So here we are. The first chapter. It has to set up the tone of the story, show off our writing style, and really sink its claws into our readers so that they don’t walk away.
No pressure, right?
No! Tons of pressure! Oh, my goodness. So much pressure! How do I cram the entire potential of the story into one page, or one paragraph, or one sentence? Is it possible?
Shock and awe
In the Netflix show I am not okay with this, the series started out with the main character walking away from police lights, drenched in blood. The opening line perfectly summed up the tone of the story: “Dear diary… fuck you.” Like it or not, it didn’t lie about who was telling the story, or where she would be taking us. By the time the shock of it wore off, I was already watching the next scene and starting to wonder about the larger plot.
I go into most stories with an analytical brain. How is the hook going to attack? What tactics is the author going to use? And, since they know we’re looking for it, how are we going to have that subverted? But in Not Okay I was thrown so off-guard that I couldn’t fight back. When I finally regained my balance, I had to keep watching.
The hook won. I finished the whole thing in a day or two.
Do the twist
I like stories that start with a twist I don’t see coming. It gives me hope that the rest of the book isn’t going to be predictable. In the anime Elfen Lied, I followed the cute and klutzy focus character around the office where she worked. Now, if you watch anime you know this trope well, so I had settled in and felt pretty confident that I had the tone of the series down pat.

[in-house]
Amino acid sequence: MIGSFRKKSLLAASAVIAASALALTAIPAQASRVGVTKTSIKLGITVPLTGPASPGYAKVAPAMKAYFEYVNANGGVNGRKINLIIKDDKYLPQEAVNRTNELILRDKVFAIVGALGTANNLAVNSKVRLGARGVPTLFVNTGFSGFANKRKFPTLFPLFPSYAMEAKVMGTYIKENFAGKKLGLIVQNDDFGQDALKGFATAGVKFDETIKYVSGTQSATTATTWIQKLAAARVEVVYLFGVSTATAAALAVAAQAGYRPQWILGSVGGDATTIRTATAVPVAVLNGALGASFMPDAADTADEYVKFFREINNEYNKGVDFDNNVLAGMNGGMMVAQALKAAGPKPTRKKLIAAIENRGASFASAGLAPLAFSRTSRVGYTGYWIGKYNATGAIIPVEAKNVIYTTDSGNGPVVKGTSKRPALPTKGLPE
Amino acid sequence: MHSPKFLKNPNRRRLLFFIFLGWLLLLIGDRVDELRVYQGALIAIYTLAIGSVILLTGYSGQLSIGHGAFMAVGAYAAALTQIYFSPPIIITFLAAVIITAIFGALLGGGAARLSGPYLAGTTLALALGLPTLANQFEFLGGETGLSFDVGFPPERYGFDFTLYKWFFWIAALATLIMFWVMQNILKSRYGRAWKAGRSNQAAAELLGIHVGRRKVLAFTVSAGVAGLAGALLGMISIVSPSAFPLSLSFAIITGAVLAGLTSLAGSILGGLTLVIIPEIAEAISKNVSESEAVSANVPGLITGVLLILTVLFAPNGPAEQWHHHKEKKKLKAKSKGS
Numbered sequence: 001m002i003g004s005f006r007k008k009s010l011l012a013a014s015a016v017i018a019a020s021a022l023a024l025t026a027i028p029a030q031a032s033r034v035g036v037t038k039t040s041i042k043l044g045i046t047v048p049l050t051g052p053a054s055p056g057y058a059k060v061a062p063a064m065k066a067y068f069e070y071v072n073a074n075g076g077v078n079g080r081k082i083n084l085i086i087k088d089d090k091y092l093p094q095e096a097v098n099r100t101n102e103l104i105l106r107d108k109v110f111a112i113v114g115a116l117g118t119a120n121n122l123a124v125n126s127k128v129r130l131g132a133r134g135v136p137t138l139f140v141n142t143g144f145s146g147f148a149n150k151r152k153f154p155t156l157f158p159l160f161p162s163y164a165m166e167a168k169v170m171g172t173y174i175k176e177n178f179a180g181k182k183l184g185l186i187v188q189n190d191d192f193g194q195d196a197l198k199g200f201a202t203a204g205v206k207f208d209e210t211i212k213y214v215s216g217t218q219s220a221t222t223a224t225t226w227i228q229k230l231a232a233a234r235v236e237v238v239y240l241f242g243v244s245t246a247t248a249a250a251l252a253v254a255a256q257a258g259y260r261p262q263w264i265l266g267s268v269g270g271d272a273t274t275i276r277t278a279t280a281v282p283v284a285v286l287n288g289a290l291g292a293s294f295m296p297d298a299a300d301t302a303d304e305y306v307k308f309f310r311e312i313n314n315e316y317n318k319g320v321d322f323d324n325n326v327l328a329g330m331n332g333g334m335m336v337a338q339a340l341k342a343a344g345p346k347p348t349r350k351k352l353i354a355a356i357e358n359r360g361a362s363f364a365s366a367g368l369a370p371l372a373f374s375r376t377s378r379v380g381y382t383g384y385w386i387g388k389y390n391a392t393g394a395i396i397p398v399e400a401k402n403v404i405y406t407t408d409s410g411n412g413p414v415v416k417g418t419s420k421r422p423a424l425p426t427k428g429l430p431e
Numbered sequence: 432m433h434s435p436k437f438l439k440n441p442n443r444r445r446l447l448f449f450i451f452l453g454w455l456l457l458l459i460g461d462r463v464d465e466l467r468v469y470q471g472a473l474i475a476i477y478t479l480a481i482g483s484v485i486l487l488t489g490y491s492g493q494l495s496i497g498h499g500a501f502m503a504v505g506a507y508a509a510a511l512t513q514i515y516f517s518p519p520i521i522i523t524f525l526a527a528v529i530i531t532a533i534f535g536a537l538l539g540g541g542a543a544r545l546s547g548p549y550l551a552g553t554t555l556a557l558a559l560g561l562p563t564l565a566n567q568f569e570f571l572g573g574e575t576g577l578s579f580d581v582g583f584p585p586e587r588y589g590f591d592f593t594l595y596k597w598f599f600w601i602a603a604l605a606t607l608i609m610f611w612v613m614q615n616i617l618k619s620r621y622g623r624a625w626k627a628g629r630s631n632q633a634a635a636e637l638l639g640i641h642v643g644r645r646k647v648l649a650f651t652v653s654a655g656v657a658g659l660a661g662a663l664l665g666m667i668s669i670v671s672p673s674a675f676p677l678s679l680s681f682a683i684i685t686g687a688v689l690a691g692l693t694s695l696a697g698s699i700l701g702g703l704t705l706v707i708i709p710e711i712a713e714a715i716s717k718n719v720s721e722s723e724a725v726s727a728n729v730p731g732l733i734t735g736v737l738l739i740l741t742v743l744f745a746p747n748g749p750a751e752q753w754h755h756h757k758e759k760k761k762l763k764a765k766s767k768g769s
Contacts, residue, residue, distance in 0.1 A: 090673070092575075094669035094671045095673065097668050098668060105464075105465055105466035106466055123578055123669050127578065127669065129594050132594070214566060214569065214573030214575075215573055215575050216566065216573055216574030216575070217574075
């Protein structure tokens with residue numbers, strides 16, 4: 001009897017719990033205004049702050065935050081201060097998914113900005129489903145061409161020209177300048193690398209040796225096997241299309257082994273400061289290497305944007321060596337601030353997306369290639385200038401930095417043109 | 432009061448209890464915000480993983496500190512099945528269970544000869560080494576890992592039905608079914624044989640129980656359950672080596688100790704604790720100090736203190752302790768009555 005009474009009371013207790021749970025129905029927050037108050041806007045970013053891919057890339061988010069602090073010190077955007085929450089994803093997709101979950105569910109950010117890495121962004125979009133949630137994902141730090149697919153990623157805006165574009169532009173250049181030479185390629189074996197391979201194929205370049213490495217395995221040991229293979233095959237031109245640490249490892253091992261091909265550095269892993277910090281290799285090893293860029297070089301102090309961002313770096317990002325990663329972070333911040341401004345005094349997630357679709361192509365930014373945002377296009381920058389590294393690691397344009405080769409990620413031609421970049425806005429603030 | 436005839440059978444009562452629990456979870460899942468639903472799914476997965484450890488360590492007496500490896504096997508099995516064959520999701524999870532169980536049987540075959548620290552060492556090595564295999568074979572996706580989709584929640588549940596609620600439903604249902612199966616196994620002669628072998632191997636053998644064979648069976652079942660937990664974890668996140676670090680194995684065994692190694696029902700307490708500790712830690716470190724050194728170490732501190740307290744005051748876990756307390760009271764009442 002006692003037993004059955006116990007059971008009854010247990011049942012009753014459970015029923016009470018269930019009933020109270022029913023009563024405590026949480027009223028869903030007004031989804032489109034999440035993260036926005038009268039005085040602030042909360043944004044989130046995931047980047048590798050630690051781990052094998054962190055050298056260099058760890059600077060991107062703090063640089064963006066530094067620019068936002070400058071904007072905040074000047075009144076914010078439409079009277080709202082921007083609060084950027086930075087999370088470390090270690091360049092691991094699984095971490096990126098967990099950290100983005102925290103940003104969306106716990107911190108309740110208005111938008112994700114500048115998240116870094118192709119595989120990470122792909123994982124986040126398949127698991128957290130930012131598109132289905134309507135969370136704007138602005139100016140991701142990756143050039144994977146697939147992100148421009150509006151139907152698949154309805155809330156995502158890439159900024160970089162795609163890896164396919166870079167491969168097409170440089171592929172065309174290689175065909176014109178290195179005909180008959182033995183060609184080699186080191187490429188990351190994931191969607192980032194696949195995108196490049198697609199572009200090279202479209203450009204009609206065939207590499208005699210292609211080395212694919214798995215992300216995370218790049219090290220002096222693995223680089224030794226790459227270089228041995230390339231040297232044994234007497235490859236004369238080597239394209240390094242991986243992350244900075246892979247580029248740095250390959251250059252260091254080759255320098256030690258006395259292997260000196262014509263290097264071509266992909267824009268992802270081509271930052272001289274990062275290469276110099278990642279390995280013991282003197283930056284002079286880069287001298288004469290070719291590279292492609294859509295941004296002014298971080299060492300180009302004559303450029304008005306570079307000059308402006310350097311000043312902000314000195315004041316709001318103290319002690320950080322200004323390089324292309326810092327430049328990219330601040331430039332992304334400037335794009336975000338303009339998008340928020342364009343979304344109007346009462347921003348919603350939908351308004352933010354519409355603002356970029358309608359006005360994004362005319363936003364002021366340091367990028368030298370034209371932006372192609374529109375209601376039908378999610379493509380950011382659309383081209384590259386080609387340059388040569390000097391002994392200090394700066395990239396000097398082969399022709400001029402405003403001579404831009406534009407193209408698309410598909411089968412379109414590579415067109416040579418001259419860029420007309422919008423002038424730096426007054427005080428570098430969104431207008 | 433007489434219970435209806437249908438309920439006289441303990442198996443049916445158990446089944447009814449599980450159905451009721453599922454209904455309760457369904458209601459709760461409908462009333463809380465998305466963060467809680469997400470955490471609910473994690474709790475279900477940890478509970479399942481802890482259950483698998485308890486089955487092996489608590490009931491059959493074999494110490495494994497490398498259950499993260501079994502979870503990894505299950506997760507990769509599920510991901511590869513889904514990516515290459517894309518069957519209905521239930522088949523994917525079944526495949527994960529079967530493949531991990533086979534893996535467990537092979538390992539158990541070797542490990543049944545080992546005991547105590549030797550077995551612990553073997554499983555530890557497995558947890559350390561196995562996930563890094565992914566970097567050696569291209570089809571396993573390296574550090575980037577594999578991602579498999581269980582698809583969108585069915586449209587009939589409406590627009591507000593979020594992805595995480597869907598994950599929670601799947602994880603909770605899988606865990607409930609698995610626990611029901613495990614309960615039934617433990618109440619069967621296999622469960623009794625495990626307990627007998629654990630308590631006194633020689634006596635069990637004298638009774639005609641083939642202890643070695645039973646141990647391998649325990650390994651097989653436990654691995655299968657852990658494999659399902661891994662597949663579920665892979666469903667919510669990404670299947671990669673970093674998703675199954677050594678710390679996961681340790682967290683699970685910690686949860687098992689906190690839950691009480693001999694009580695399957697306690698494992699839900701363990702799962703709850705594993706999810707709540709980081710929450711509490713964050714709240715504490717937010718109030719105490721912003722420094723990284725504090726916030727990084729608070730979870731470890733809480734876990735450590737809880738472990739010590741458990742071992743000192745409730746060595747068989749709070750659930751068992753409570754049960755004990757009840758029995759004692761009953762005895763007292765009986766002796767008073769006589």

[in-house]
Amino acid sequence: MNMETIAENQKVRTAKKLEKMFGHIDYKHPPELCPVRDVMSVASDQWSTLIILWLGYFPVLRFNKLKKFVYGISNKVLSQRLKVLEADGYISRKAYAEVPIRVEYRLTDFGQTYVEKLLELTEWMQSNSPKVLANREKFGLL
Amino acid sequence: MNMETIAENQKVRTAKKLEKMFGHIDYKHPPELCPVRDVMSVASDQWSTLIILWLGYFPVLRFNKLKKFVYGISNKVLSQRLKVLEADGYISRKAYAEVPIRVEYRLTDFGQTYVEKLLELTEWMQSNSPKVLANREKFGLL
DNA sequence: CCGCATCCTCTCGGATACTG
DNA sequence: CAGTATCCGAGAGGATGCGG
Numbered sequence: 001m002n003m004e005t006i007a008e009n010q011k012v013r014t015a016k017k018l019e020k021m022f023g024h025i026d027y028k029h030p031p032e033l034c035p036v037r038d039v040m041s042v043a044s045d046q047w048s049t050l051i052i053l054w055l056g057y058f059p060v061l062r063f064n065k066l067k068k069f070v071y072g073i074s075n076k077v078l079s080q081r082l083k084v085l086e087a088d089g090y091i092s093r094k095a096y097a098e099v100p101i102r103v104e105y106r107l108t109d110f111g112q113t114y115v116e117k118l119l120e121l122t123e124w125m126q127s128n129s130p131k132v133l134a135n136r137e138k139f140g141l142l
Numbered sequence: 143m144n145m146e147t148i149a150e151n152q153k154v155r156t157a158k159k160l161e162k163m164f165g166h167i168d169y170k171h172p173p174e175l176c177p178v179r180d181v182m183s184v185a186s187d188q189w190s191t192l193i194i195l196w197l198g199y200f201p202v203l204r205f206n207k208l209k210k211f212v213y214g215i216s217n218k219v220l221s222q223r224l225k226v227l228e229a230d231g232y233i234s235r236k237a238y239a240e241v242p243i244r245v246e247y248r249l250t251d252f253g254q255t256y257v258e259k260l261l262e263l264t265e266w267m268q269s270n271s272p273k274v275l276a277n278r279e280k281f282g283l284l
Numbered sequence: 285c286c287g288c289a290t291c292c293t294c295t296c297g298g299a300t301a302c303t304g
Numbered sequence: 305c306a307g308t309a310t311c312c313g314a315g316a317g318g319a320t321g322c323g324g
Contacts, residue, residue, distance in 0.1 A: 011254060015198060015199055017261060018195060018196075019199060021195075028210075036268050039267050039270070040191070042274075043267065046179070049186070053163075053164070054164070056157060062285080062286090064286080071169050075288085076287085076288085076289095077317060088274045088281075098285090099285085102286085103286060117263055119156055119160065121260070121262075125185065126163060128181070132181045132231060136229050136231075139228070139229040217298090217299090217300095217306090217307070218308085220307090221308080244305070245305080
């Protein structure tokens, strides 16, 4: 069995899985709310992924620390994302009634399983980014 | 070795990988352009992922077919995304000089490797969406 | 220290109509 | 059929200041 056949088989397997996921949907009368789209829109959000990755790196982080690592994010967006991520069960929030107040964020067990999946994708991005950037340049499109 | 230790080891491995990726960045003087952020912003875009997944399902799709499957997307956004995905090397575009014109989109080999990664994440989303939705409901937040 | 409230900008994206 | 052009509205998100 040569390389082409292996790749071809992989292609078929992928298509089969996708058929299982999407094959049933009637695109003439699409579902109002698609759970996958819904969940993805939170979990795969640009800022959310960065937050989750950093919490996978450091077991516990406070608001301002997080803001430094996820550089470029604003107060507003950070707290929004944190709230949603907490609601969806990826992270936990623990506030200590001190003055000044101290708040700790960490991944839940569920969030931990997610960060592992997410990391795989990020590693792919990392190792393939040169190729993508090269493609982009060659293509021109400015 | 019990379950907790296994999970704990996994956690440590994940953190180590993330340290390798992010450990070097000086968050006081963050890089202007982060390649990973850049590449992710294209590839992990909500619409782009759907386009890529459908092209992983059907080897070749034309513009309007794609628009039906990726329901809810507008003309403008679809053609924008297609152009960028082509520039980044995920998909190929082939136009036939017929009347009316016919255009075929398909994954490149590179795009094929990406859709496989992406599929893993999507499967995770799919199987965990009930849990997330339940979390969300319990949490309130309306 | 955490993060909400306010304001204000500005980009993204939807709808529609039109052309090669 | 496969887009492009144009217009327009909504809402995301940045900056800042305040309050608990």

When the real star of the series showed up and cut off her head, I remember sitting forward suddenly in a panic. What was going on? You can’t kill the main character in the intro! Then, just to drive the point home, a bloody hand held the severed head in frame for a long, long moment.
Look how wrong you were, it said. I don’t really enjoy the gory shows, but I had to know what else this writer could do. They had so thoroughly shattered my expectations that I couldn’t bear to stop watching. And yeah, it was a bloody, disturbing watch, but it hadn’t lied to me in that hook. It was exactly what it promised it would be.
Be like Barry White
It isn’t often, but sometimes I long for a soothing intro. A Tolkien-esque landscape brimming with history and depth that takes its time drawing you in. It ignores the hook word, sentence, and paragraph. Over an entire chapter it builds into a crescendo of imagination, until this world that I know is fake feels so real. I can almost feel the fur on my feet and the pipe in my hand, and I can’t wait to go out and explore this wonderful new world. Like a velvet voice, it wraps itself around me until I feel like I’m exactly where I am meant to be.
Just wanna have fun
So, as I ponder my hook, I still don’t know what it will be when it grows up. I’ve stressed on it for a couple of days. Now I’ve circled back around and see the place I started from.
I should know the answer to this by now. I gotta be me. Don’t push – don’t stress. Writing is my hobby, not my life. I want to be a writer… but I am not one yet. Forcing myself into that lane is just going to end with another failed project.
So I’m going to give it a quick pass – just enough detail that I don’t forget what I want to say. And then I’m going to move on.
Eventually, all of these fears are going to get drowned out by the volume of words that follow the hook. Words I didn’t struggle to write. Ones that feel good. When that happens I’ll come back and give this hook business another pass …
Or, maybe, I won’t. Maybe it’s hard to write because it isn’t the right scene, and I just can’t see that yet? This feels like a problem that future me — the one with more practice and confidence — can handle better.
I’m going to trust her when that time comes, and focus on what I can do now.
So … onward!